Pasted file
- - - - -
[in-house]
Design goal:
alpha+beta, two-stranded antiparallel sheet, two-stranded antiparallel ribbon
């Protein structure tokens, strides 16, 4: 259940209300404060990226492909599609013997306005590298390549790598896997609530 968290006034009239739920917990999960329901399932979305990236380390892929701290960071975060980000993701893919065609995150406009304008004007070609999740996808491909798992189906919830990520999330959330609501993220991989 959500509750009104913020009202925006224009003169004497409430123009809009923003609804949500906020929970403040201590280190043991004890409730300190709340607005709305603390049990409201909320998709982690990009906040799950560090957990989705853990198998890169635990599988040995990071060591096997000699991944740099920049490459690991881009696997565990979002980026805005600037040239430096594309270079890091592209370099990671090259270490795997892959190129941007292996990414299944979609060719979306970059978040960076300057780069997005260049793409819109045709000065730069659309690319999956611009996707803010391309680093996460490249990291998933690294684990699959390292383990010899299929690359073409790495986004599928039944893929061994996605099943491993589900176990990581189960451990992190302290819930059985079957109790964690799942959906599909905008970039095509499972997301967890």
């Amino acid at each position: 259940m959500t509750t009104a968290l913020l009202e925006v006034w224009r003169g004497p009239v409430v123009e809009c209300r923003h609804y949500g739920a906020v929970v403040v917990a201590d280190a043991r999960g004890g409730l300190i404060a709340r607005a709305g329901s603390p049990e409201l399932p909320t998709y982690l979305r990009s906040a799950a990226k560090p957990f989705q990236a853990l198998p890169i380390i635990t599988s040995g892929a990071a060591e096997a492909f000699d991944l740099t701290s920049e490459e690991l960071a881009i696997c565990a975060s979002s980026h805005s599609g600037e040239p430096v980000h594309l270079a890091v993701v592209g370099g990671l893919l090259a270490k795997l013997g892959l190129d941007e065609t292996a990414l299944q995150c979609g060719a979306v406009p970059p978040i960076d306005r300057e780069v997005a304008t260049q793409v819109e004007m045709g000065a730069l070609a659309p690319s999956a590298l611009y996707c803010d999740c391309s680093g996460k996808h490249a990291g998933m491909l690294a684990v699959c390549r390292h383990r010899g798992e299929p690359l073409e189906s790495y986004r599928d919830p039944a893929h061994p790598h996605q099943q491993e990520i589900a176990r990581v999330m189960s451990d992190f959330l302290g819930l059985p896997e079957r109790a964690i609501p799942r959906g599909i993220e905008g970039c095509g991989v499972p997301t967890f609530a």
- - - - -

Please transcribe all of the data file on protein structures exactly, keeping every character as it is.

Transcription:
[in-house]
Design goal:
alpha+beta, two-stranded antiparallel sheet, two-stranded antiparallel ribbon
């Protein structure tokens, strides 16, 4: 259940209300404060990226492909599609013997306005590298390549790598896997609530 968290006034009239739920917990999960329901399932979305990236380390892929701290960071975060980000993701893919065609995150406009304008004007070609999740996808491909798992189906919830990520999330959330609501993220991989 959500509750009104913020009202925006224009003169004497409430123009809009923003609804949500906020929970403040201590280190043991004890409730300190709340607005709305603390049990409201909320998709982690990009906040799950560090957990989705853990198998890169635990599988040995990071060591096997000699991944740099920049490459690991881009696997565990979002980026805005600037040239430096594309270079890091592209370099990671090259270490795997892959190129941007292996990414299944979609060719979306970059978040960076300057780069997005260049793409819109045709000065730069659309690319999956611009996707803010391309680093996460490249990291998933690294684990699959390292383990010899299929690359073409790495986004599928039944893929061994996605099943491993589900176990990581189960451990992190302290819930059985079957109790964690799942959906599909905008970039095509499972997301967890």
């Amino acid at each position: 259940m959500t509750t009104a968290l913020l009202e925006v006034w224009r003169g004497p009239v409430v123009e809009c209300r923003h609804y949500g739920a906020v929970v403040v917990a201590d280190a043991r999960g004890g409730l300190i404060a709340r607005a709305g329901s603390p049990e409201l399932p909320t998709y982690l979305r990009s906040a799950a990226k560090p957990f989705q990236a853990l198998p890169i380390i635990t599988s040995g892929a990071a060591e096997a492909f000699d991944l740099t701290s920049e490459e690991l960071a881009i696997c565990a975060s979002s980026h805005s599609g600037e040239p430096v980000h594309l270079a890091v993701v592209g370099g990671l893919l090259a270490k795997l013997g892959l190129d941007e065609t292996a990414l299944q995150c979609g060719a979306v406009p970059p978040i960076d306005r300057e780069v997005a304008t260049q793409v819109e004007m045709g000065a730069l070609a659309p690319s999956a590298l611009y996707c803010d999740c391309s680093g996460k996808h490249a990291g998933m491909l690294a684990v699959c390549r390292h383990r010899g798992e299929p690359l073409e189906s790495y986004r599928d919830p039944a893929h061994p790598h996605q099943q491993e990520i589900a176990r990581v999330m189960s451990d992190f959330l302290g819930l059985p896997e079957r109790a964690i609501p799942r959906g599909i993220e905008g970039c095509g991989v499972p997301t967890f609530a």